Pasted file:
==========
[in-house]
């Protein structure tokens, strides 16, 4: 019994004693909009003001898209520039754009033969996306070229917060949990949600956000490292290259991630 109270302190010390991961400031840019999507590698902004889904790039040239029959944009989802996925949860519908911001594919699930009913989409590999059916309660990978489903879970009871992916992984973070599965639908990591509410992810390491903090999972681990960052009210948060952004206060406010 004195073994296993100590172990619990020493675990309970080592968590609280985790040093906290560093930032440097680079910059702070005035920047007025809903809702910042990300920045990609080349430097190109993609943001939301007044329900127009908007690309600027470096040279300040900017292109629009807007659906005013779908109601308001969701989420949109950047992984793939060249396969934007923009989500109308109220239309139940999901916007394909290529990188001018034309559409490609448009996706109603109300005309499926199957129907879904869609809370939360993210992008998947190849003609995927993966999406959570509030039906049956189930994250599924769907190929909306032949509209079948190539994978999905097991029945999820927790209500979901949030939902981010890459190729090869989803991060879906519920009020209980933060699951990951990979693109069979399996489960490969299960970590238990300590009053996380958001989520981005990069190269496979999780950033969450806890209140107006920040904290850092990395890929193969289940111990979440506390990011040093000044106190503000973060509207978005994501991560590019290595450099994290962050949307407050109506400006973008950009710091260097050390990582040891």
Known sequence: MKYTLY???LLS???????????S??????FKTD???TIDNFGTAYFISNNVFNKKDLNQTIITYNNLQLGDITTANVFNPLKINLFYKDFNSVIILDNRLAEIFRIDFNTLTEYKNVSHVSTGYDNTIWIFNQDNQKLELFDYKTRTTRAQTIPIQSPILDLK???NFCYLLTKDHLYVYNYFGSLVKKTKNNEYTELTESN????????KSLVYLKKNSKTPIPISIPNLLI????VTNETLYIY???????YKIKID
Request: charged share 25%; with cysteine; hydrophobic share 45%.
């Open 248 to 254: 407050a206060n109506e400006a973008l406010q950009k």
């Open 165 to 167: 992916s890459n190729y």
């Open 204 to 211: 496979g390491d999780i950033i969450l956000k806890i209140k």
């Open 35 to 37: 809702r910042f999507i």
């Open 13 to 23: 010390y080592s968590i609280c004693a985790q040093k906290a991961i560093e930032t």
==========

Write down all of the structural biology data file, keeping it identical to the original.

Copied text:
[in-house]
């Protein structure tokens, strides 16, 4: 019994004693909009003001898209520039754009033969996306070229917060949990949600956000490292290259991630 109270302190010390991961400031840019999507590698902004889904790039040239029959944009989802996925949860519908911001594919699930009913989409590999059916309660990978489903879970009871992916992984973070599965639908990591509410992810390491903090999972681990960052009210948060952004206060406010 004195073994296993100590172990619990020493675990309970080592968590609280985790040093906290560093930032440097680079910059702070005035920047007025809903809702910042990300920045990609080349430097190109993609943001939301007044329900127009908007690309600027470096040279300040900017292109629009807007659906005013779908109601308001969701989420949109950047992984793939060249396969934007923009989500109308109220239309139940999901916007394909290529990188001018034309559409490609448009996706109603109300005309499926199957129907879904869609809370939360993210992008998947190849003609995927993966999406959570509030039906049956189930994250599924769907190929909306032949509209079948190539994978999905097991029945999820927790209500979901949030939902981010890459190729090869989803991060879906519920009020209980933060699951990951990979693109069979399996489960490969299960970590238990300590009053996380958001989520981005990069190269496979999780950033969450806890209140107006920040904290850092990395890929193969289940111990979440506390990011040093000044106190503000973060509207978005994501991560590019290595450099994290962050949307407050109506400006973008950009710091260097050390990582040891």
Known sequence: MKYTLY???LLS???????????S??????FKTD???TIDNFGTAYFISNNVFNKKDLNQTIITYNNLQLGDITTANVFNPLKINLFYKDFNSVIILDNRLAEIFRIDFNTLTEYKNVSHVSTGYDNTIWIFNQDNQKLELFDYKTRTTRAQTIPIQSPILDLK???NFCYLLTKDHLYVYNYFGSLVKKTKNNEYTELTESN????????KSLVYLKKNSKTPIPISIPNLLI????VTNETLYIY???????YKIKID
Request: charged share 25%; with cysteine; hydrophobic share 45%.
């Open 248 to 254: 407050a206060n109506e400006a973008l406010q950009k």
């Open 165 to 167: 992916s890459n190729y």
């Open 204 to 211: 496979g390491d999780i950033i969450l956000k806890i209140k």
């Open 35 to 37: 809702r910042f999507i």
């Open 13 to 23: 010390y080592s968590i609280c004693a985790q040093k906290a991961i560093e930032t």